This is why I'm up at 12:41 a.m. typing this. I thought I was tired but now I can't sleep thinking about this stuff.

    Time and time again, it comes back to this: How do you help someone who doesn't allow you to help them? She may have AZ but she still thinks she's the parent and gets to decide things. I really don't know how others deal with a parent like this.

  9. LuckyRobin Says:

    I'm not sure that me cutting my sister off changed her. I think life beat her up a lot, her kids' father died of cancer (they had been divorced just before the diagnosis), her kids were off living their lives after that, and she lost her job and her apartment because of it. She had nowhere to go and she ended up realizing she needed the support of her family members. She came home humble and moved in with Mom while she licked her wounds. It took me a couple of years to actually believe the changes had stuck and start building a relationship with her. It will never be a super close one, but it is there and we can talk and be around each other now. And when my mom seemed to be losing it, she was the one I called for help. (Mom went off a certain medication and has been clear as a bell ever since).

  10. FrugalTexan75 Says:

    PS - I'm so sorry about what you are dealing with regarding your sister and your mom. I'd like to know the answer to your question myself .. how to help someone who refuses any offers of help? Very frustrating.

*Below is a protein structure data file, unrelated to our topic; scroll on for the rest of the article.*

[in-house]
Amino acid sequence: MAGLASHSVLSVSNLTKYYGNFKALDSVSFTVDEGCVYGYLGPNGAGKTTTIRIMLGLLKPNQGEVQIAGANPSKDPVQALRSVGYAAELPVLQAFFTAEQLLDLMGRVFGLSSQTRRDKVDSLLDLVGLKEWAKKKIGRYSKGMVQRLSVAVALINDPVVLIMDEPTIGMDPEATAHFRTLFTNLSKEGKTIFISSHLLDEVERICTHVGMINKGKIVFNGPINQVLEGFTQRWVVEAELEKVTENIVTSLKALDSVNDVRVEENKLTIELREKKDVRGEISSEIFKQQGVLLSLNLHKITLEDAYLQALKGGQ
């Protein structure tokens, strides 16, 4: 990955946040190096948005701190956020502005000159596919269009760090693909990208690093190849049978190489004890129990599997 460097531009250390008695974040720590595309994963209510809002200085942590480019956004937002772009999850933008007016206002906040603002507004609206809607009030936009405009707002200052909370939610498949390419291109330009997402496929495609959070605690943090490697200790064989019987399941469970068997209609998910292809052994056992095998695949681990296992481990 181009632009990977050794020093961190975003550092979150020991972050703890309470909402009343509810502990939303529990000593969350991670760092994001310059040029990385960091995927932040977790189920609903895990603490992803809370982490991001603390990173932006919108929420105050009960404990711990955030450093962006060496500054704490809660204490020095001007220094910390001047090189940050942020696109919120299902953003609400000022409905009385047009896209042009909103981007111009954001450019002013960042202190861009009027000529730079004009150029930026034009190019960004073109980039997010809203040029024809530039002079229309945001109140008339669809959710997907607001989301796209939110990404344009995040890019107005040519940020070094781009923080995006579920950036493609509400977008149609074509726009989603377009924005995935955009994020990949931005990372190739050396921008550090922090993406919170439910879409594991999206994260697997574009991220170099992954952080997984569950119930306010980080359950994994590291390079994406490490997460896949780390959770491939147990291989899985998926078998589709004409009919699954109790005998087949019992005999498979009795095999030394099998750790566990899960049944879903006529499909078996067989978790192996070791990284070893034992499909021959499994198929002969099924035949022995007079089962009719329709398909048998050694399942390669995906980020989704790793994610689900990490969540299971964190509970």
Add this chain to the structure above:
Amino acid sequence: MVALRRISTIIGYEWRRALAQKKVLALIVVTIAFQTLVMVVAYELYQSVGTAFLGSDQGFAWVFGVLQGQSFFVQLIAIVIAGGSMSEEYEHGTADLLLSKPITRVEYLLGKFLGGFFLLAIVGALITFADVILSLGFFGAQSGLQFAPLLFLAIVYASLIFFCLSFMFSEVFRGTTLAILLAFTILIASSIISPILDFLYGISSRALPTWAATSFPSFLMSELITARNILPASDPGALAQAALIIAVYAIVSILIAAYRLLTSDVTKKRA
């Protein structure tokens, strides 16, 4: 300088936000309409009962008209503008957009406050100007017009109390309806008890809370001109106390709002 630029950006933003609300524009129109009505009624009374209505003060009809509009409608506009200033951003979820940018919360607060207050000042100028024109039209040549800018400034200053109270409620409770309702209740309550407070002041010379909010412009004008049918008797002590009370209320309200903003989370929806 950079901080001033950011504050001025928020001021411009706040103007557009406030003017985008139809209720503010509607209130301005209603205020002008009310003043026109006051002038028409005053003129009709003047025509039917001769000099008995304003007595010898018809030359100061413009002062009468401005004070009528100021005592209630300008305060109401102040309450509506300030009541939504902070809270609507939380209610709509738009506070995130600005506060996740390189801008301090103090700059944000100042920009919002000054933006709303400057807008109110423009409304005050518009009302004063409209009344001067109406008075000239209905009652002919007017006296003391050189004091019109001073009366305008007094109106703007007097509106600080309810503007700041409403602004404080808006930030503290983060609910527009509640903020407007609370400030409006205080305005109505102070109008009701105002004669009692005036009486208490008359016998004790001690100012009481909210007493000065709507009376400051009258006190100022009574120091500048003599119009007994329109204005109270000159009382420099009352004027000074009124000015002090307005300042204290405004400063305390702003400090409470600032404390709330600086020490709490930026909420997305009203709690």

11. PNWMom Says:

    So sorry to hear about these stressful times....just know you are not alone...I've got drama in my own family and some days it's bewildering. Hang in there...hope both your parents are feeling better soon.

  12. CB in the City Says:

    I am so sorry for what you are going through. It's true that you cannot help someone who won't let you. You are certainly trying, and that's all you can do. As they say, you are responsible for the effort, but not the result. As for your sister, it sounds like she has no interest in staying connected and only provides drama and pain. I'd let her go. For the record, my sister, who is 71, is still angry about things my father did when she was a child. He died almost 15 years ago! I think she has a need to be angry at someone so she can avoid taking responsibility for her own failures.

Leave a Reply

(Note: If you were logged in, we could automatically fill in these fields for you.)
Will not be published.

* Please spell out the number 9.  [ Why? ]

vB Code: You can use these tags: [b] [i] [u] [url] [email]